Wednesday, June 11, 2008



As of yesterday yet another federal Conservative luminary has fallen in the "Couillard affair". Bernard Côté, a Québec Conservative advisor was asked to resign by Public Works Minister Michael Fortier when it became known that he had been involved with Couillard last spring. At that time Couillard was acting of behalf of property developer Groupe Kevlar (even though she was not registered as a lobbyist), and Côté had access to federal government business that Kevlar was bidding on.

The whole affair actually gets more amusing week by week. It turns out that Couillard was being considered as a Conservative candidate herself, and that she made a $1,000 donation to the party in March 2007. Apparently the cheque bounced. Now this takes some gumption. It is one thing to have the lights come on in one`s head and realize that the real money is in politics rather than in organized crime (or are they really the same thing). It is quite another to piss off Sneaky Stevie as well as `Mom' Bouchard. Perhaps the Kevlar Group is into fashion wear as well as property development. It would seem appropriate. As a little afterthought, yesterday the federal government finally got around to removing Couillard's "designated person" status that would allow her basically diplomatic immunity on travel. Ooops. I guess one can't accuse the Conservatives of rash action. Slow but steady. Slow but steady.

Anyways, here's the story from the CTV Network.


Conservatives' troubles increase over Couillard
The federal government's headache over former foreign affairs minister Maxime Bernier's relationship with his ex-girlfriend Julie Couillard, who has ties to organized crime, just got a little more painful.

Bernard Cote, a top Quebec advisor for the Conservatives, was fired by the party on Tuesday after it was revealed he dated Couillard while she was vying for at least one multi-million dollar Public Works contract for property developer Groupe Kevlar Inc.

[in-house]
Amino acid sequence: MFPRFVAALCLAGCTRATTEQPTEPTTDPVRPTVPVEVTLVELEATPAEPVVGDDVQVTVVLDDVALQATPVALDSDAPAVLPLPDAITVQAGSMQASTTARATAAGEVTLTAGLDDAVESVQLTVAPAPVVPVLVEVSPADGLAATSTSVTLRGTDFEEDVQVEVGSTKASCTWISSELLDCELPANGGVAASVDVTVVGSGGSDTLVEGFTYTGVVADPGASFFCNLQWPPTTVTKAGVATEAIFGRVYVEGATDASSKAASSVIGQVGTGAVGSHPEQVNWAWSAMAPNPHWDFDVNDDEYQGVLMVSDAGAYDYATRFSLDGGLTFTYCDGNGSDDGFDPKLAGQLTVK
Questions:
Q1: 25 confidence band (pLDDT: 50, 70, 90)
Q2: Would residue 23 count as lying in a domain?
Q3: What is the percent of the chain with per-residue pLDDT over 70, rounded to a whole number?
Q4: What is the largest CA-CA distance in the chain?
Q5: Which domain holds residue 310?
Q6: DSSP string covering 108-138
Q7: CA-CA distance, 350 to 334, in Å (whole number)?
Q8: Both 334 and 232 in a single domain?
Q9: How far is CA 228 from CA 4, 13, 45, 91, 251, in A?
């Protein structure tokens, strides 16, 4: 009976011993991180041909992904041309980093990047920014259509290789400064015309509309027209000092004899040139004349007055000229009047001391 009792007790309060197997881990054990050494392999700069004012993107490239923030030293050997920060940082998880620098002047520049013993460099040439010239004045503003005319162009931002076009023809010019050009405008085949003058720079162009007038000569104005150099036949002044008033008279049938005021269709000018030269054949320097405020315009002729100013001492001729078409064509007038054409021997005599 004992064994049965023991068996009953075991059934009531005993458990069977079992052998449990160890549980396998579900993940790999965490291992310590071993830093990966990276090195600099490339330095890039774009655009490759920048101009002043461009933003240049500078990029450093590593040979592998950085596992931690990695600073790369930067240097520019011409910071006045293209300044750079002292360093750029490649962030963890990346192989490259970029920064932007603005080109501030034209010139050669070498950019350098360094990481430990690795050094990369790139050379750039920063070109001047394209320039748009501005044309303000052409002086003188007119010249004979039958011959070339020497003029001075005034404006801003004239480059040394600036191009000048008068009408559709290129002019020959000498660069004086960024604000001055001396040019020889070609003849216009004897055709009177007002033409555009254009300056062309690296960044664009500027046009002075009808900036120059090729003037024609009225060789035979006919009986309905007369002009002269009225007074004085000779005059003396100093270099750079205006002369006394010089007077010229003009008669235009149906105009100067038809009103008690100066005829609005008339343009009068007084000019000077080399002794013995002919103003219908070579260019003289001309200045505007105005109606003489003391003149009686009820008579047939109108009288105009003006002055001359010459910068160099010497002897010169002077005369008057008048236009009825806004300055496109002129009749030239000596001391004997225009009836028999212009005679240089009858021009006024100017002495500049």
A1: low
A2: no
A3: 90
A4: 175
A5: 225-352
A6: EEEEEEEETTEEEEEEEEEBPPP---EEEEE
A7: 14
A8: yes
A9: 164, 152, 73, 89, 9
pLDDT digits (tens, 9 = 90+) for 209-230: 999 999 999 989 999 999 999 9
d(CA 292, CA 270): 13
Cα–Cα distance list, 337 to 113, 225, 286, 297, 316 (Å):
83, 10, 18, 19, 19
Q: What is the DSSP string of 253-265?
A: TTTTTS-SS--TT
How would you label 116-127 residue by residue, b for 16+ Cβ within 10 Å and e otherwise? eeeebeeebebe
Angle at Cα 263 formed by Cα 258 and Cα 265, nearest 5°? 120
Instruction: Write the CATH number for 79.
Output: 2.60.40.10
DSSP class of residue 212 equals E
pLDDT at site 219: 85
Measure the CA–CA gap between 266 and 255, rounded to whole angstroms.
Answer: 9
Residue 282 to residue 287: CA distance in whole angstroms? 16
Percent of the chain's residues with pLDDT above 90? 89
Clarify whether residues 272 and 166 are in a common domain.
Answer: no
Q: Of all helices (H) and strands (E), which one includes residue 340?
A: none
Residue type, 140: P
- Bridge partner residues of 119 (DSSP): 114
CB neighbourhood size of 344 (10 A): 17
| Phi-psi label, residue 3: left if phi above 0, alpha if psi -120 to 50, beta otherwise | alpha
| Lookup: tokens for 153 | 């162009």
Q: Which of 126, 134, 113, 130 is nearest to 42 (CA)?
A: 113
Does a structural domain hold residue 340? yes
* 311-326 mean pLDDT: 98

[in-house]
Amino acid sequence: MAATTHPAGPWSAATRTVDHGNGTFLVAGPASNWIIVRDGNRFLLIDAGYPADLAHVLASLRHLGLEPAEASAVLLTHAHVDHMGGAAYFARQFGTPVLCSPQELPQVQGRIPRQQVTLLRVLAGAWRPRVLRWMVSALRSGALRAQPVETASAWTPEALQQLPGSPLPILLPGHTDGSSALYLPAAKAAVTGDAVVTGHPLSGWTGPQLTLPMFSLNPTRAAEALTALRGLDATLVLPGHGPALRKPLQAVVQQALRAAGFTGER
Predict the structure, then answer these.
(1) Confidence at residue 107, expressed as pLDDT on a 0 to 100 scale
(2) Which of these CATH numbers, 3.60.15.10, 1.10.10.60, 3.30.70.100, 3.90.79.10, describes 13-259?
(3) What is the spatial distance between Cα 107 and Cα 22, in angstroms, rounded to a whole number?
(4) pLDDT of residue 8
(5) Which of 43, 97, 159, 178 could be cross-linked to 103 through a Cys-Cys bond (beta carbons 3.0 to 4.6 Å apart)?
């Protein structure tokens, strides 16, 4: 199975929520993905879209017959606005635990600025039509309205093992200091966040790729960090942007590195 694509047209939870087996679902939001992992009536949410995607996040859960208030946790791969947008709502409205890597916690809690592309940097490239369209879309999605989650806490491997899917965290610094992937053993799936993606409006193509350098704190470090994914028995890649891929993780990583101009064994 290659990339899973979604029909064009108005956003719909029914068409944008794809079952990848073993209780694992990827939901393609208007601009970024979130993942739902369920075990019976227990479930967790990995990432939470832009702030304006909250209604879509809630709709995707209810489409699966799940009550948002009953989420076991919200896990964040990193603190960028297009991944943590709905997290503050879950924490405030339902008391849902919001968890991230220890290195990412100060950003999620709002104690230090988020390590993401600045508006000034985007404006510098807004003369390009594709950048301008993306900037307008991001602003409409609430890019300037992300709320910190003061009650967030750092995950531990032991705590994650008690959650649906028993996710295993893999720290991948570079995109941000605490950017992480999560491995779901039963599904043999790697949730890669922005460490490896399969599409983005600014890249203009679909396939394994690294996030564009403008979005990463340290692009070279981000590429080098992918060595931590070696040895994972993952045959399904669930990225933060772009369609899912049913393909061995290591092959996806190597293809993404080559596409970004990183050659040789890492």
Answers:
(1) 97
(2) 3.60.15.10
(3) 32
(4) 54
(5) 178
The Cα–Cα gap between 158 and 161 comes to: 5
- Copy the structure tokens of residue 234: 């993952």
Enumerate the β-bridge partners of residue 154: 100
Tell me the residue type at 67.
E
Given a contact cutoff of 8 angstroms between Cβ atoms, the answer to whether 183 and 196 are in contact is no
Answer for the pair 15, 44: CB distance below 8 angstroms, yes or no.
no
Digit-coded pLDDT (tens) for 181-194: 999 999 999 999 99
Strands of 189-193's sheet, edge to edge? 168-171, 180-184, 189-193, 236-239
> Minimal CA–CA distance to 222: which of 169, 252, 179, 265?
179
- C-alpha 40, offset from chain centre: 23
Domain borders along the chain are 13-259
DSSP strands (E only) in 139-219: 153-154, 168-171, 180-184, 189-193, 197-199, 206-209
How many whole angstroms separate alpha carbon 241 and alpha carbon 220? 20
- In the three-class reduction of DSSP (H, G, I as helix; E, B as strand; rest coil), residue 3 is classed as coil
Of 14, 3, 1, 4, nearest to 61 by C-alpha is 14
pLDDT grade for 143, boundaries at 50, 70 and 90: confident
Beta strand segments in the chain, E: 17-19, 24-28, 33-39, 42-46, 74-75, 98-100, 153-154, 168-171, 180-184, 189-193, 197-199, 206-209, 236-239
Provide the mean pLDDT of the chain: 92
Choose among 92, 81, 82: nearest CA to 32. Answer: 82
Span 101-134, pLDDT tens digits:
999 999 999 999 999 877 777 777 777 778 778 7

Public Works Minister Michael Fortier dismissed Cote on Tuesday after receiving a call from a Quebec reporter asking about a link between Cote and Couillard.

Fortier told The Toronto Star that Cote was in a conflict of interest and should have recused himself from all dealings that affected her, but he failed to do so.

Fortier told The Star that Cote, who was a special assistant in charge of his Montreal office, offered his resignation on Tuesday, and he accepted.

According to reports, Cote and Couillard dated briefly in the spring of 2007.

The former real estate broker and property manager ran unsuccessfully for the Progressive Conservatives on two previous occasions.

Commons hearings
Meanwhile on Tuesday, a House of Commons public safety committee heard that the RCMP was aware of Couillard before the scandal erupted over her relationship with Bernier.

On Tuesday, Raf Souccar, the RCMP's assistant commissioner for federal and international operations, appeared before the committee examining the affair.

He did not specify what the RCMP knew about Couillard, or whether any information had been passed on to the government.

Bernier stepped down on May 26, hours before Couillard revealed he had left classified briefing materials in her apartment in mid-April.

The committee is trying to determine the extent of the security breach. Bernier and Prime Minister Stephen Harper said they will not participate, although Couillard is expected to make an appearance next week.

Former CSIS agent Michel Juneau-Katsuya told the committee that Bernier is being held to a lower security standard than a bureaucrat would be.

"What I wanted to bring to the committee ... is that there is a double standard," he told CTV's Mike Duffy Live Tuesday.

"There is a standard well established for federal employees, where we have procedures, we have policies to execute a security clearance, and how you behave after you obtain that security clearance.

"It is very obvious to me, with the information obtained, that there is a different way to proceed with an elected official. And alternatively, they do carry some of the most sensitive information the government has."

No comments: